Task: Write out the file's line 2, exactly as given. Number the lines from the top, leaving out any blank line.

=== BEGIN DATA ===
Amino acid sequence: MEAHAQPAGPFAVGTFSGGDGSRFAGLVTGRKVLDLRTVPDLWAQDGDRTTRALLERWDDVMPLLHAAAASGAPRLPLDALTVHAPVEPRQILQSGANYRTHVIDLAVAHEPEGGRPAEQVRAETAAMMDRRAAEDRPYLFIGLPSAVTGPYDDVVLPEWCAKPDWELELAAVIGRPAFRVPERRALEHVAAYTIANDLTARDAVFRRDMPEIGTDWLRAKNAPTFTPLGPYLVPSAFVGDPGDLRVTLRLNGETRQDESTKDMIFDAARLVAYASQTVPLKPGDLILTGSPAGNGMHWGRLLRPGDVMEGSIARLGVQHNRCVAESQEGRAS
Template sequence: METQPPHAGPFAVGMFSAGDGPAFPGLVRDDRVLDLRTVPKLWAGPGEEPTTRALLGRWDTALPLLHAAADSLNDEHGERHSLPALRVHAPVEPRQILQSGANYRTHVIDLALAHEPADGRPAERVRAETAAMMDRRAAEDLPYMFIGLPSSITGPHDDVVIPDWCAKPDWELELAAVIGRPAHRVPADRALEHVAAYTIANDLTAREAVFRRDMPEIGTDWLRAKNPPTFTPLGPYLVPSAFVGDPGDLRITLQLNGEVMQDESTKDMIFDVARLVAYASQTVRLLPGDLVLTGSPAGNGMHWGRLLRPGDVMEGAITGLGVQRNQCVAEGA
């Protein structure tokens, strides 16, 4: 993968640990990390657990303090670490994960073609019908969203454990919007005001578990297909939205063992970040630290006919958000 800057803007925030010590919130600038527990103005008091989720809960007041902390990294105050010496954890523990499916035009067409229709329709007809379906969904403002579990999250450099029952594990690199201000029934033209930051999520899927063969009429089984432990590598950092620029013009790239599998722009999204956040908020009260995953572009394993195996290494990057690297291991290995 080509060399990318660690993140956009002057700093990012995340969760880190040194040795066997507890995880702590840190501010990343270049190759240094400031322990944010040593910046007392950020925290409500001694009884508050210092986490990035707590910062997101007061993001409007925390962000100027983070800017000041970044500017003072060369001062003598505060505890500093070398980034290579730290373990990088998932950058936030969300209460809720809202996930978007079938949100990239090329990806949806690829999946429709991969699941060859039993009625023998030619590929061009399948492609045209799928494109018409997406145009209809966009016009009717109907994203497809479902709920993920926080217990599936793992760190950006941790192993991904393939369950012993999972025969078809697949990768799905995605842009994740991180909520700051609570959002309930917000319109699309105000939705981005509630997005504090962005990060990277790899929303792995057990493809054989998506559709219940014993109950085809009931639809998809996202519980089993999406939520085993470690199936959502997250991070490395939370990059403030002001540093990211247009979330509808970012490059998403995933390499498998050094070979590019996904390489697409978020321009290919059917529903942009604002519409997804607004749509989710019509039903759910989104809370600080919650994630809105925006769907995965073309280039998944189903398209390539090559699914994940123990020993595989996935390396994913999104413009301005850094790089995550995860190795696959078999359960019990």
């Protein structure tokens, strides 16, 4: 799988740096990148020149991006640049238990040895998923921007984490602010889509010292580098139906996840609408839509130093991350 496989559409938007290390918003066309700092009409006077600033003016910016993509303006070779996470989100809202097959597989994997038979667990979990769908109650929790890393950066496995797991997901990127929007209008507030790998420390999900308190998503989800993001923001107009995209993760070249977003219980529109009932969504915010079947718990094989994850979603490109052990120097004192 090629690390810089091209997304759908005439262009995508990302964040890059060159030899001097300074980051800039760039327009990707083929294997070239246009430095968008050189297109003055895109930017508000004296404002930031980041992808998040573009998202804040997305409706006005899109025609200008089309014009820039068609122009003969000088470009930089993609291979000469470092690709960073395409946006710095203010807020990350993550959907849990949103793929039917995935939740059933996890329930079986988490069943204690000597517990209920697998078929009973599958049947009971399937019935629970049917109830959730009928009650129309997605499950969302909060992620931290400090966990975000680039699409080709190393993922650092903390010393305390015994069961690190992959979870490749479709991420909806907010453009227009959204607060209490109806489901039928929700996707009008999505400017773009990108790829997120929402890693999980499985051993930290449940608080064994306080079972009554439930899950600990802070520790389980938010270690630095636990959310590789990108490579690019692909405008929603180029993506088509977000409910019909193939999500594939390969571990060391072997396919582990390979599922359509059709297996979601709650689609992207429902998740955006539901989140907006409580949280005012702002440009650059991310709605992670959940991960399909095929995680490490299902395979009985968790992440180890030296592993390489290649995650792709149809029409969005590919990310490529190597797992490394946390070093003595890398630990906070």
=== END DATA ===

Template sequence: METQPPHAGPFAVGMFSAGDGPAFPGLVRDDRVLDLRTVPKLWAGPGEEPTTRALLGRWDTALPLLHAAADSLNDEHGERHSLPALRVHAPVEPRQILQSGANYRTHVIDLALAHEPADGRPAERVRAETAAMMDRRAAEDLPYMFIGLPSSITGPHDDVVIPDWCAKPDWELELAAVIGRPAHRVPADRALEHVAAYTIANDLTAREAVFRRDMPEIGTDWLRAKNPPTFTPLGPYLVPSAFVGDPGDLRITLQLNGEVMQDESTKDMIFDVARLVAYASQTVRLLPGDLVLTGSPAGNGMHWGRLLRPGDVMEGAITGLGVQRNQCVAEGA